In other words: from 85 years ago, echoes of what is being sold to us as “a universal threat, a generational challenge“. And preservation of the world’s climate, at all cost.
And so it was Jules Romains the one really capable to describe what the future would look like. As noted by French actor Louis Jouvet in 1949, but still we could be written today:
a penetrating act of inspiration, Knock revealed the direction a new mentality was going to take… . This mentality was Information and its strategies, astounding advances and violent dramatisings; abrupt and terrifying revelations; the invention of new needs, new ways of breakdown; the exalting of fresh anxieties that humankind would feed upon. Jules Romains announced, though we didn’t yet know it, the mad-cap mechanisms that were going to rule the world, suggestion and self-suggestion. In Knock, like a prophet at the gates, Jules Romains suddenly shone a light on power, the upsurge of parodigms (idées-forces) and collective theories. Humankind is a machine to make gods and every leader of men a creator of myths. Jules Romains, philosopher, moralist and dramatist, provided an admirable advance warning of the modern and all-encompassing mechanism of cohesion and conviction […]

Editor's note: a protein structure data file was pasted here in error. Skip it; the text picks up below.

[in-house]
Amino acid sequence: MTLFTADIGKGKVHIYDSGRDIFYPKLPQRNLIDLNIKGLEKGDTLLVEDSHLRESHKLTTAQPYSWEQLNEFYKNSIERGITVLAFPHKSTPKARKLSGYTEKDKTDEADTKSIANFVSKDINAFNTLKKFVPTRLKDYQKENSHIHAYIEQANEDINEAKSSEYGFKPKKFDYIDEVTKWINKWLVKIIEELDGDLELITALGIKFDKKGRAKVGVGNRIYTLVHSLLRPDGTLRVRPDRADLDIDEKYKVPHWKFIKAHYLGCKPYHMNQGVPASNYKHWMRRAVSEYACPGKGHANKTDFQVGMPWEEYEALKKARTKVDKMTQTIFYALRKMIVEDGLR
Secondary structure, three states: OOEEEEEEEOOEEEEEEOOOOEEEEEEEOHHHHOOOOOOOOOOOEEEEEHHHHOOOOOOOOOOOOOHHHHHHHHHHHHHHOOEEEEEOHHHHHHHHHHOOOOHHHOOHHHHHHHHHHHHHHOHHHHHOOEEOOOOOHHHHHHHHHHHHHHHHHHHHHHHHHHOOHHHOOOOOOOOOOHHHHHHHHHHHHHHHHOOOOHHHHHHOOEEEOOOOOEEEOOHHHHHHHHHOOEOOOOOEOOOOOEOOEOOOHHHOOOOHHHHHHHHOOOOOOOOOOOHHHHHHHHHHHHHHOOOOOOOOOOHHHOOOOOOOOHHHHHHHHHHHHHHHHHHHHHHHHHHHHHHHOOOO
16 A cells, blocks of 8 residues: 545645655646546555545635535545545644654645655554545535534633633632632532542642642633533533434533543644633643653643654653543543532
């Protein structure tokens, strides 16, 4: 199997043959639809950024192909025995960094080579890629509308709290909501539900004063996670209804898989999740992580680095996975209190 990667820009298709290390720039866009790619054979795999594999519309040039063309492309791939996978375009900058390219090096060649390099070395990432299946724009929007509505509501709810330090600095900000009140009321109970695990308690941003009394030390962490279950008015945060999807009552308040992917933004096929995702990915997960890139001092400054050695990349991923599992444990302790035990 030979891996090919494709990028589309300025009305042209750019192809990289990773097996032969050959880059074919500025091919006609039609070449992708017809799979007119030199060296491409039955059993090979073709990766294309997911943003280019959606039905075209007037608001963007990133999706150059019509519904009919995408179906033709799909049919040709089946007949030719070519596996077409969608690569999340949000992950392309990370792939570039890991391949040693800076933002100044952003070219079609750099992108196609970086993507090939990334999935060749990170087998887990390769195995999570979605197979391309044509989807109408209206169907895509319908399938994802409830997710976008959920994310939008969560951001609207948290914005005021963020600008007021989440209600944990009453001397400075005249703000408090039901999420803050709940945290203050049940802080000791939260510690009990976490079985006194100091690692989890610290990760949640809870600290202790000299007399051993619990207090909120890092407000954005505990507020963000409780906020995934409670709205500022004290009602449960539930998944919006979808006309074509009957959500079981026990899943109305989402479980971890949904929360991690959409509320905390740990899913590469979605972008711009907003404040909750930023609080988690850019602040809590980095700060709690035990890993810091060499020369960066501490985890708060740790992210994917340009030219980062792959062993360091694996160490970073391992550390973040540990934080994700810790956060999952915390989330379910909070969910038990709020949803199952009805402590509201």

Is this what “progress” and “modernity” were meant to be, in the case of Medicine, Climatology or anything else?
Is your SUV destroying the Universe?
Supernovae data from the 1950’s to 2007 show trends very worrying for the fate of the whole cosmos.
The Magnitude (brightness) of observed explosions, after hovering for several decades around the 20 mark, has recently dropped to 15 (i.e. towards brighter supernovae).
Furthermore, the number of observed supernovae has been increasing at an exponential rate, again after many decades below 50 per year, to 95 in 1996 and a little less than 600 in 2007.
The fact that this is happening exactly as anthropogenic greenhouse-gases emissions are on the increase, cannot be just a coincidence. If this will not convince Governments about the importance of stopping CO2 emissions, nothing will!